The Neuroscience Program provides an interdisciplinary and interdepartmental approach to graduate education and research training in the structure, function, and development of the nervous system and its role in cognition and behavior. Students obtain training at all levels of the nervous system, from cellular/molecular to the behavioral/cognitive.
Graduate Program of Study
Training is conducted primarily in the laboratories and teaching facilities of the Carver College of Medicine graduate Departments of Anatomy and Cell Biology, Biochemistry, Internal Medicine, Molecular Physiology and Biophysics, Neurology, Pharmacology, and Psychiatry; and the College of Liberal Arts and Sciences Departments of Biology, Communication Sciences and Disorders, Health and Human Physiology, and Psychological and Brain Sciences. Students use faculty laboratories and central research facilities for ultrastructural analysis; histochemistry and immunocytochemistry; electrophysiology; fluorescence-activated cell sorting; cellular and subcellular biochemistry; cell, tissue, and organ culture; operant and classical conditioning; molecular biology; behavioral genetics; neural substrates of complex behavior; brain-behavior relationships in humans; neuropsychology; and functional neuroimaging (PET, fMRI).
NSCI:4353 Neurophysiology: Cells and Systems3-4 s.h.
Physiological properties of nerve cells, nervous systems; axonal conduction, synaptic transmission, sensory transduction, integrative processes, higher functions. Prerequisites: (BIOL:2753 or BIOL:3253) and (MATH:1460 or MATH:1380 or MATH:1550 or MATH:1850) and ((PHYS:1511 and PHYS:1512) or (PHYS:1611 and PHYS:1612)). Same as BIOL:4353.
NSCI:5161 Undergraduate Research in Neurosciencearr.
Experimental research under faculty supervision.
NSCI:5210 Fundamentals of Behavioral Neuroscience3-4 s.h.
Concepts, methods, and findings in behavioral and cognitive neurosciences; emphasis on principles of neuroscience, sensation, motivation, emotion. Same as PSY:5210.
NSCI:5212 Foundations in Behavioral and Cognitive Neuroscience4 s.h.
NSCI:5365 Seminar: Neuropsychology and Neurosciencearr.
NSCI:5653 Fundamental Neurobiology3 s.h.
Neurobiology from molecular/cellular to systems levels, including cell biology of the neuron; membrane electrophysiology; synaptic transmission and plasticity, functional neuroanatomy, peripheral and CNS sensory systems, peripheral and CNS motor systems, autonomic systems, emotion, memory, sleep, language, attention and cognition, neuronal development. Same as BIOL:5653, PSY:5203.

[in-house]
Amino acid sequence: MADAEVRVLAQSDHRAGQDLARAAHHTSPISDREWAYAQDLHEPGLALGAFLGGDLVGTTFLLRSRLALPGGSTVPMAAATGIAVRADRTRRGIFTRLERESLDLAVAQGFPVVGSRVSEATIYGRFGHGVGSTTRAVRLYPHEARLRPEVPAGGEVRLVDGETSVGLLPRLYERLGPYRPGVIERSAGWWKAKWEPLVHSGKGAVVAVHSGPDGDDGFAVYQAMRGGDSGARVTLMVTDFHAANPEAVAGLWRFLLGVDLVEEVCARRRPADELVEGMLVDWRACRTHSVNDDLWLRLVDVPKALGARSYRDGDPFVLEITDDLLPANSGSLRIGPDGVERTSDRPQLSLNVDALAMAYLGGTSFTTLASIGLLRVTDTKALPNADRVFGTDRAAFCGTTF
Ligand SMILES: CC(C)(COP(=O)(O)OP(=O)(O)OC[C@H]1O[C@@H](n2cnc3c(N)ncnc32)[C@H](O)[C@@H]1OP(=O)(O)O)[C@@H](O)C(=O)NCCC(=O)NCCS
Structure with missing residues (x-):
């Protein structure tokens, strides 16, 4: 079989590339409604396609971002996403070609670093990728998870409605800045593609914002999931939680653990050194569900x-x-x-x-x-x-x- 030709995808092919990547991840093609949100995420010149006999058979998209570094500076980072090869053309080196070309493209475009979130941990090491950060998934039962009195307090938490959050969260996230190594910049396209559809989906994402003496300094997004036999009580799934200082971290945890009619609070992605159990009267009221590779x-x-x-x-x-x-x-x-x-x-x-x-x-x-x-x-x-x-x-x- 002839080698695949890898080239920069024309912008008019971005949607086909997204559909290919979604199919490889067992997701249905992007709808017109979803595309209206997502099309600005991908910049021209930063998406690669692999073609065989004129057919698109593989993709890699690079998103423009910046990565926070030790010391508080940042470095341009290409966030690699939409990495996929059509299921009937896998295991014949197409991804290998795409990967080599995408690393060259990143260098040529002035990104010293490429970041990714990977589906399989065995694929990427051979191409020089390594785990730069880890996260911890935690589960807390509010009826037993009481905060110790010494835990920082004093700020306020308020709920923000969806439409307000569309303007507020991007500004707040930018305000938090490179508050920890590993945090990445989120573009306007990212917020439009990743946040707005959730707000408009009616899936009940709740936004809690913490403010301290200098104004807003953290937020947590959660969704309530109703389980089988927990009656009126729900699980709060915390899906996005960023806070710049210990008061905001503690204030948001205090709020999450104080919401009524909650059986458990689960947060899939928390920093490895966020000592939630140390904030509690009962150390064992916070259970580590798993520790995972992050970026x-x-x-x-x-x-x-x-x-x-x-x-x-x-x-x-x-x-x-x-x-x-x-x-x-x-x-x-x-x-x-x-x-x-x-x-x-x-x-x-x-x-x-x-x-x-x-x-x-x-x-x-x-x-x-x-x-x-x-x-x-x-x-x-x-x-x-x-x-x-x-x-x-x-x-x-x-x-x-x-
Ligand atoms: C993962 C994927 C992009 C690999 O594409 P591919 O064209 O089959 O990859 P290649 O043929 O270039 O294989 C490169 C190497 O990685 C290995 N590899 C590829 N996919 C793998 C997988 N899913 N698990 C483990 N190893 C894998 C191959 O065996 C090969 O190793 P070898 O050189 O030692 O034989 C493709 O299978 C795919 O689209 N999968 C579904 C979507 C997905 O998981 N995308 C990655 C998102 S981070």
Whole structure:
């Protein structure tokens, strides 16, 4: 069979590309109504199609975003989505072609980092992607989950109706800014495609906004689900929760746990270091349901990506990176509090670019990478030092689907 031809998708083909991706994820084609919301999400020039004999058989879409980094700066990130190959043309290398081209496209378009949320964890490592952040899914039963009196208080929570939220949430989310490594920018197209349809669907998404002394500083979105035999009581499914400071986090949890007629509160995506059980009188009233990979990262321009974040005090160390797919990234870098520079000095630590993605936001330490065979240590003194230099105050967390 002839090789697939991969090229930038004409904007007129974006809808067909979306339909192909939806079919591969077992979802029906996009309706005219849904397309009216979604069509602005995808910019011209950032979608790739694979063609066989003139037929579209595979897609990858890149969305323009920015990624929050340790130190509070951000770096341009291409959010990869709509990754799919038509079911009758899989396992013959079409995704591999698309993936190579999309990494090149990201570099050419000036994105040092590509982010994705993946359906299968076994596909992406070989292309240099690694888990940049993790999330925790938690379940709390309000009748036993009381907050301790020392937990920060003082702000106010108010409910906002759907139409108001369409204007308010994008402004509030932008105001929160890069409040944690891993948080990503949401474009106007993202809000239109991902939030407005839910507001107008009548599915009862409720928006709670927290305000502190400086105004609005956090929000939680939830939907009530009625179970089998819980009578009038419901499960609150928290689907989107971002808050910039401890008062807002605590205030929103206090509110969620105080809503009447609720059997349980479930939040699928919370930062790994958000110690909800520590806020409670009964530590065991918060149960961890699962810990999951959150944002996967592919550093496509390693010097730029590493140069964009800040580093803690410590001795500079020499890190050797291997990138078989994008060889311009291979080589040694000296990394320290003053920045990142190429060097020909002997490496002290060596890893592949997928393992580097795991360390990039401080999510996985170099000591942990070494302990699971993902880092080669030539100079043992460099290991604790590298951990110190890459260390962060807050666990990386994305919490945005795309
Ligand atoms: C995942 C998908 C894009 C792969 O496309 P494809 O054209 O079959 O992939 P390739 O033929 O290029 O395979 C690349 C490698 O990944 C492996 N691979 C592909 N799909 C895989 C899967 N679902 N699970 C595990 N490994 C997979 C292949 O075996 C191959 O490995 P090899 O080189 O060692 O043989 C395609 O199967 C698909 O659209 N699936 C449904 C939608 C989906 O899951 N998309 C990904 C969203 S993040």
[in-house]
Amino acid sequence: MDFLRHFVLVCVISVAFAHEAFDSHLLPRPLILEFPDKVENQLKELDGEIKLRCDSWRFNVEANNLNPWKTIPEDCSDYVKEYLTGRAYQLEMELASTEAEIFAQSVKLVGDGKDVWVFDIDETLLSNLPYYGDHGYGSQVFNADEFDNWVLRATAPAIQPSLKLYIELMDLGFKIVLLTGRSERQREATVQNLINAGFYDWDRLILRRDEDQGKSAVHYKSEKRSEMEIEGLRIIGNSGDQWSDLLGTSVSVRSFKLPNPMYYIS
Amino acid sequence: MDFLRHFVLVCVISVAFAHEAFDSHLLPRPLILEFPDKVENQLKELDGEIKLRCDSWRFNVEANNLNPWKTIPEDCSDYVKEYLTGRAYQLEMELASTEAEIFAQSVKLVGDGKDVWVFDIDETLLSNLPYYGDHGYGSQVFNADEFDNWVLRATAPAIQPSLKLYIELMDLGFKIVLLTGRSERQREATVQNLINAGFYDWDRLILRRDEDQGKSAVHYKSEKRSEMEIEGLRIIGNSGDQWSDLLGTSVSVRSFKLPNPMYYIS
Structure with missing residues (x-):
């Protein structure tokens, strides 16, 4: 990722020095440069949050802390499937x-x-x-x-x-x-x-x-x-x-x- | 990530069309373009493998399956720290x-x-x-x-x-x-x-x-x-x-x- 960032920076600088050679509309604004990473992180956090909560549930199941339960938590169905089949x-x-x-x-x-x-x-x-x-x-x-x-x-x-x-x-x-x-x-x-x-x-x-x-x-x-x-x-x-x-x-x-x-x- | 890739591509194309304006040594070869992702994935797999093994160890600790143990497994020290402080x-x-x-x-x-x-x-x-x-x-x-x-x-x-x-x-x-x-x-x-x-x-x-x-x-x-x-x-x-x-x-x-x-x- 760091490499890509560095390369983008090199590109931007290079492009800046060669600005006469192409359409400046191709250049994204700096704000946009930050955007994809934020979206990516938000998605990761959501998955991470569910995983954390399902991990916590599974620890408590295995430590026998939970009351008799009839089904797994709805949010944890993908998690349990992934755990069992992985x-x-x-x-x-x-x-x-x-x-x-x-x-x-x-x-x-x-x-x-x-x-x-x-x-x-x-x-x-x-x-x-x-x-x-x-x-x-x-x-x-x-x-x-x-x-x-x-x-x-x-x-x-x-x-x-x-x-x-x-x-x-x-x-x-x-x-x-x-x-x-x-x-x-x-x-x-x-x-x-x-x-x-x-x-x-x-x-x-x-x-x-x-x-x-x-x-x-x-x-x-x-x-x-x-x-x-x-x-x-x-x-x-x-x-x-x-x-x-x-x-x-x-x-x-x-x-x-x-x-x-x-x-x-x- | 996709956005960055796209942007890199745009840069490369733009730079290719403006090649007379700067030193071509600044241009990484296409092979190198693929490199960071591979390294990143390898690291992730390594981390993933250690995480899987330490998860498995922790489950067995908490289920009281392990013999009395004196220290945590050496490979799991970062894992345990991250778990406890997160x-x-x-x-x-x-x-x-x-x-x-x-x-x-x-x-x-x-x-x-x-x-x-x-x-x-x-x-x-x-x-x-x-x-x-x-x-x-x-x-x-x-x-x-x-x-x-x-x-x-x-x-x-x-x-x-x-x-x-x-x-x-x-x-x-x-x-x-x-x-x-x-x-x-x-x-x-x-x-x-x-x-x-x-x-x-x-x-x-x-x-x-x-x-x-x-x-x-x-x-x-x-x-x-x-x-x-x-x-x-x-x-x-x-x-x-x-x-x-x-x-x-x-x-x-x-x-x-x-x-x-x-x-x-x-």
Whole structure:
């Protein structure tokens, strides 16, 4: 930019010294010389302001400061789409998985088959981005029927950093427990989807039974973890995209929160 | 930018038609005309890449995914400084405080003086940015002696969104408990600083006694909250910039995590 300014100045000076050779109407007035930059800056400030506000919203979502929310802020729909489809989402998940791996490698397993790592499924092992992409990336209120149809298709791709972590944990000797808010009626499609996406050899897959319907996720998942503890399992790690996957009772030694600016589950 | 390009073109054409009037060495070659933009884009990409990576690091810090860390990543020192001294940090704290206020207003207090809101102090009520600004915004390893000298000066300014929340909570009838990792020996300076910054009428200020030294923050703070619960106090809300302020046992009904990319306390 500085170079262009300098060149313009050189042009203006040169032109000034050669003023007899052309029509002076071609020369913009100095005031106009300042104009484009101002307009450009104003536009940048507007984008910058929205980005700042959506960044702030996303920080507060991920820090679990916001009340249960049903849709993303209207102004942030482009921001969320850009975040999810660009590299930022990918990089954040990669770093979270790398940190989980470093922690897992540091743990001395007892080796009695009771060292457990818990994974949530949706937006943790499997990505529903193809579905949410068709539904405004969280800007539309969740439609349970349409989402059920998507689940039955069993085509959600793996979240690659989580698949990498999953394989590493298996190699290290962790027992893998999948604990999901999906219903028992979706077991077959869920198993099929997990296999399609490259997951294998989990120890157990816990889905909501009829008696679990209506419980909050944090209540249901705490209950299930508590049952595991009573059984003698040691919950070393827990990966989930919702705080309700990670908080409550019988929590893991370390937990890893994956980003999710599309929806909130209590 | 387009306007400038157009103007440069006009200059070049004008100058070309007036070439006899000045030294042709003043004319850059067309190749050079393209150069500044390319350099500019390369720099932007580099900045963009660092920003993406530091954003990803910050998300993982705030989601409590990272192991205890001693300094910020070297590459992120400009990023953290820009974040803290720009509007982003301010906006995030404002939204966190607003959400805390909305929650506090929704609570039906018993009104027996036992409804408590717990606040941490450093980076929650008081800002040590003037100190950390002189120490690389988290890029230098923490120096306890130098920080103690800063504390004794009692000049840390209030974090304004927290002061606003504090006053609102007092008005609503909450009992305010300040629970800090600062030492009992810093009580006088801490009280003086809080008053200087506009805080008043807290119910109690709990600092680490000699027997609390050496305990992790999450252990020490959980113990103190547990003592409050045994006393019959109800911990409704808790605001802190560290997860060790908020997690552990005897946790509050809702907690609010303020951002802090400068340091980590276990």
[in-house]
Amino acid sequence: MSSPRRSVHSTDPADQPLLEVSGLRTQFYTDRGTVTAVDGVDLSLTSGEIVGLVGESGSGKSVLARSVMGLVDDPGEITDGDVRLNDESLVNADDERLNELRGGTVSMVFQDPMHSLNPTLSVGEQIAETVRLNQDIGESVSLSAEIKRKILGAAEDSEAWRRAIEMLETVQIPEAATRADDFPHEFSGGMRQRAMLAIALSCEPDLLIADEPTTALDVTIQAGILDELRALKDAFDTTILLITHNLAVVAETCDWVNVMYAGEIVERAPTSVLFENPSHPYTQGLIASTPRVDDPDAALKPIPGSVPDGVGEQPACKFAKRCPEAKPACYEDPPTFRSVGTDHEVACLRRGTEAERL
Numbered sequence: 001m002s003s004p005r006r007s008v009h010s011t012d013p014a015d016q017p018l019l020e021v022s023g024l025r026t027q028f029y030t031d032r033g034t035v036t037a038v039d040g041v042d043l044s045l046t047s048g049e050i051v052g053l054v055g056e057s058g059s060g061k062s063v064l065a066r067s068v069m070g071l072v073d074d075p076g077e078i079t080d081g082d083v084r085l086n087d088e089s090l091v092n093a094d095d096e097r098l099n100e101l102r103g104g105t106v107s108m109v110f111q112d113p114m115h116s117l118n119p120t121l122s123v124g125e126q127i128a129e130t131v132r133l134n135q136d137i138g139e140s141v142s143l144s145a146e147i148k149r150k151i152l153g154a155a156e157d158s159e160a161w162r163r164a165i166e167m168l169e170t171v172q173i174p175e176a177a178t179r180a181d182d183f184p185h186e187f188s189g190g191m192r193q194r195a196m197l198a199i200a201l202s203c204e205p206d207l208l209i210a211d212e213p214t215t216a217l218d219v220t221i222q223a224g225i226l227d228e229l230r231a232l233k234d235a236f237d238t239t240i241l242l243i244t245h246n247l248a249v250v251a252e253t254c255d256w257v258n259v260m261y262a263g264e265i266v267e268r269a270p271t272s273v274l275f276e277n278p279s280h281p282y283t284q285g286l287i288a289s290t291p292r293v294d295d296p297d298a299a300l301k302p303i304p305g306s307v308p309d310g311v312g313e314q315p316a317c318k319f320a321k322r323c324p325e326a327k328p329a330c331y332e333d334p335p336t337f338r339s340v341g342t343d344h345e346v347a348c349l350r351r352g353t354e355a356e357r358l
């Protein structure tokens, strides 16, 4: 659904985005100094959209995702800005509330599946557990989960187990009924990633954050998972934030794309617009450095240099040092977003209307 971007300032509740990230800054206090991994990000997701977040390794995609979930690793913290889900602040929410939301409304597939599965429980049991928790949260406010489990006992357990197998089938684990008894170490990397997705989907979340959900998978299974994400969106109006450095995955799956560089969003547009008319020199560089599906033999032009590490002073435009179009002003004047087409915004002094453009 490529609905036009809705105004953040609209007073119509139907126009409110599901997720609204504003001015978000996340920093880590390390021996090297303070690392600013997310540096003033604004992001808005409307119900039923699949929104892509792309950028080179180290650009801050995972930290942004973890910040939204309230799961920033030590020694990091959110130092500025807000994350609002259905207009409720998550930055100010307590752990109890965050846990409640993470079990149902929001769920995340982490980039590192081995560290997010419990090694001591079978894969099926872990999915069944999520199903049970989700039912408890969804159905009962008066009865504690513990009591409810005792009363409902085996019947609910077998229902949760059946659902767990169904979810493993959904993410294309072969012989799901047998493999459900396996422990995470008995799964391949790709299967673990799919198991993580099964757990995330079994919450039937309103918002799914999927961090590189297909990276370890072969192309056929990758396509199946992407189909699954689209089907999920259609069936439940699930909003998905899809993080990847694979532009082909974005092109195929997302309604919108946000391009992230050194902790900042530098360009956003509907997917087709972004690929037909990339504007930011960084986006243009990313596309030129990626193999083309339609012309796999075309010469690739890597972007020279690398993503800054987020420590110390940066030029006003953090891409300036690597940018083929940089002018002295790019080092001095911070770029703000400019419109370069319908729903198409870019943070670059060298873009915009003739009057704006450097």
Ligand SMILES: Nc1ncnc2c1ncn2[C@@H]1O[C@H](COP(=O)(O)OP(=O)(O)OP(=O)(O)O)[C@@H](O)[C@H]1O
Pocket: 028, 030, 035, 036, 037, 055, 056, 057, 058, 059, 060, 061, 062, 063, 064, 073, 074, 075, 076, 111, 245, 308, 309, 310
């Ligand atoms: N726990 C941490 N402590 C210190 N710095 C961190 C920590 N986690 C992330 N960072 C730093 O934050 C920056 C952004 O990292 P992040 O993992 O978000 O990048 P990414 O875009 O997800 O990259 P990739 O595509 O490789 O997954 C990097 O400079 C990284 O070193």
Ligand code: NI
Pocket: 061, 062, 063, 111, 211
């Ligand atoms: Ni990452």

NSCI:5658 Fundamental Neurobiology Discussion1 s.h.
NSCI:5753 Developmental Neuroscience1 s.h.
Neural induction and nervous system patterning; neurogenesis, axon, and dendrite outgrowth and targeting; synapse formation, specificity, refinement; mechanisms of neuronal cell death; myelination; neural stem cells; introduction to cellular, molecular, and genetic techniques in studies of neural development. Prerequisites: BIOL:5653. Same as BIOL:5753.
NSCI:6209 Steroid Receptor Signaling1 s.h.
Structure-function relationship and genomic and nongenomic actions of the steroid hormone receptor family; basis for actions of novel new ligands on these receptors. Offered spring semesters of even years. Same as MPB:6209, PCOL:6209.
NSCI:6240 Topics in Cognitive Neuroscience1-3 s.h.
Key topics in the neural basis of human cognition; research literature. Recommendations: graduate courses in basic neuroscience and cognitive psychology. Same as NEUR:6240.
NSCI:6250 Functional Magnetic Resonance Imaging2-3 s.h.
Basic physics principles of functional magnetic resonance imaging and approaches to data acquisition, including BOLD imaging, arterial spin labeling, and magnetic source imaging; data analysis strategies; paradigm design and development.
NSCI:6265 Neuroscience Seminar0-1 s.h.
NSCI:7235 Neurobiology of Disease3 s.h.
Broad, thematic understanding of disease mechanisms in neurobiological disorders.
NSCI:7301 Directed Study in Neurosciencearr.
NSCI:7305 Neuroscience Researcharr.
Requirements: neuroscience graduate standing.